It's easy to find pretty much anything you want in New York City, and bathtubs are no exception. This trend-setting city is filled with plenty of old buildings, which means you can find a beautiful antique claw-footed soaker or a brand-new tub without much effort. To help you in your search for the perfect tub in NYC, we've compiled these simple, helpful tips.
Ask Your Friends
Chances are that someone you know has a bathtub they bought in the city. The next time that you're at a party and you notice a tub in the master bathroom that looks like it's new, don't be afraid to ask the host or hostess where they found it. Word-of-mouth recommendations often deliver higher-quality results than advertisements or search results, and when you ask a friend to recommend a tub company, you get the extra benefit of seeing the company's work in person before you commit.
Even though this might not be the end of your quest, you'll make things easier for yourself if you start things off with a simple search engine inquiry. Try to find the best places to buy a bathtub in New York based on customer reviews, classified ads, or any number of other sources of information.
Once you've found a few reputable bathtub installation companies, give them each a call, and see what they have to offer. In many cases, professional bathtub sellers and installers will charge more than you want to pay for your new tub, but by taking this approach, you'll be able to learn a lot more about the types of tubs that are out there and how much it will cost to have one installed in your house or apartment.
If you want to make things simple for yourself, take the recommendation of one of the companies you call, and have them come install a tub in your home right away. While you might have been able to find a better deal if you stuck it out a bit longer, not everyone wants to take forever finding a bathtub.
Try Antique Stores
There are plenty of homes in New York City that are over 200 years old, which means that it's easy to find beautiful, antique tubs if you know where to look. While many antique stores won't put aside enough room for a bathtub display, you can find shops with old-school claw-footed tubs with a little bit of research.
In some cases, antique stores might charge an arm and a leg for these types of tubs because their proprietors are well aware of the value of a good tub. However, you might be able to find a tub that no one else wants if you set your standards a little bit lower.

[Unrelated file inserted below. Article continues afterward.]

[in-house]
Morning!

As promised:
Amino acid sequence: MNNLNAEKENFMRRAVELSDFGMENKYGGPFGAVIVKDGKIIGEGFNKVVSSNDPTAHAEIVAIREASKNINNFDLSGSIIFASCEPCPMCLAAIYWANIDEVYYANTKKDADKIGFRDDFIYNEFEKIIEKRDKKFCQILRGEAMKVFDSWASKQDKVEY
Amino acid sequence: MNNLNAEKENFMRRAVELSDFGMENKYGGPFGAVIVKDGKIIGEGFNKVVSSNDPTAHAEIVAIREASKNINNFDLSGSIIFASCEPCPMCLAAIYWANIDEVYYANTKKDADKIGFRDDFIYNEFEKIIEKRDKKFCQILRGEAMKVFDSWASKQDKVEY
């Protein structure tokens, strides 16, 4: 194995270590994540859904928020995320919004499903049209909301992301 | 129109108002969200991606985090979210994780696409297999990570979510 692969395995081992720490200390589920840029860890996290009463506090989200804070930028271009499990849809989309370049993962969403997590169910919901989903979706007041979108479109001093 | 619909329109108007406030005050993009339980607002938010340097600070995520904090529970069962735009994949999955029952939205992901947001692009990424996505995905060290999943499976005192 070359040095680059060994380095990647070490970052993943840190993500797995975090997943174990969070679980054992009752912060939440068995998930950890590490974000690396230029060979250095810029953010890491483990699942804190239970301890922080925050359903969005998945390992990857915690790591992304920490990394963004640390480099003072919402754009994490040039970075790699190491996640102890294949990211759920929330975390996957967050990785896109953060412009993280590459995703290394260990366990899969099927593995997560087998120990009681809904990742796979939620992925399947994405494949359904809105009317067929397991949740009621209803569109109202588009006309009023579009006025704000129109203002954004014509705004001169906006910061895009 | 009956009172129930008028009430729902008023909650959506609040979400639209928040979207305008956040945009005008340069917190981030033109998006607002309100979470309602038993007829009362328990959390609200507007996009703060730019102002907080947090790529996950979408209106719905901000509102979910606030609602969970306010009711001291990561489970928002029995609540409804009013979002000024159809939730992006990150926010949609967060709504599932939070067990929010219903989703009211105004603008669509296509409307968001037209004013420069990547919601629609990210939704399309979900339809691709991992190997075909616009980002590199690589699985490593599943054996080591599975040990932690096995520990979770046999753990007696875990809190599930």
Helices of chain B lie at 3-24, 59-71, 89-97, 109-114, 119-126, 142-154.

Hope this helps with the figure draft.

No one is suggesting that you take a soak in a rusty tub, but you can bring even the most decrepit bathtubs back to life with a little bit of love. It's easy to find detailed tutorials on restoring antiques on YouTube or Google, and the restoration process usually doesn't require much more than a few simple tools.
When you're done, you'll have a beautiful antique tub at a fraction of the price you would have paid for it at the shop. You may even find that you like restoring antique furniture and fixtures so much that you make a business out of it.
Reclaimed Furniture, Anyone?
In a big city like New York, buildings are bound to burn down or fall apart every once in a while. There are plenty of companies that sort through the rubble to find bathroom fixtures and features that they can resell, and you might be able to find a steal on a high-quality tub by calling a few reclamation companies.
Choose Your Tub Type
Once you've found a source for your new bathtub, you'll need to make a final decision regarding which type of tub you want. Here's a refresher course on the most popular tub types:
Alcove tubs are the most common types of bathtubs. They are surrounded by walls on three sides, which means that they are prime candidates for shower doors such as sliding or pivot doors. These types of tubs are relatively easy to install, and they don't take up much space.
Clawfooted tubs are types of freestanding tubs, and these tubs can be worth it if you aren't afraid to go the extra mile. It's practically impossible to install a shower door around a freestanding tub, and these types of tubs don't take too kindly to shower curtains, either. If you persevere, however, you'll be able to enjoy a tub style that has largely gone the way of the dinosaur.
Corner tubs are some of the most space-efficient tubs that you can buy. They are designed to go in the corner of your bathroom, and they have finished outer edges on two sides. If you decide to install a shower with your tub, you'll need to either build a shower door with a shower panel next to it or install a shower curtain rack that wraps all the way around.
These types of tubs are designed to be dropped into frames. These frames are pre-fit to match your tub, and they usually fit in with the decor in your bathroom. Installing a drop-in tub can be relatively expensive, and the installation process for this type of tub is quite labor-intensive.
Undermount tubs are similar to drop-in tubs, but they have rims that are made from tile, stone, or treated wood. Therefore, the edge of an undermount tub isn't made from the same material as the tub itself.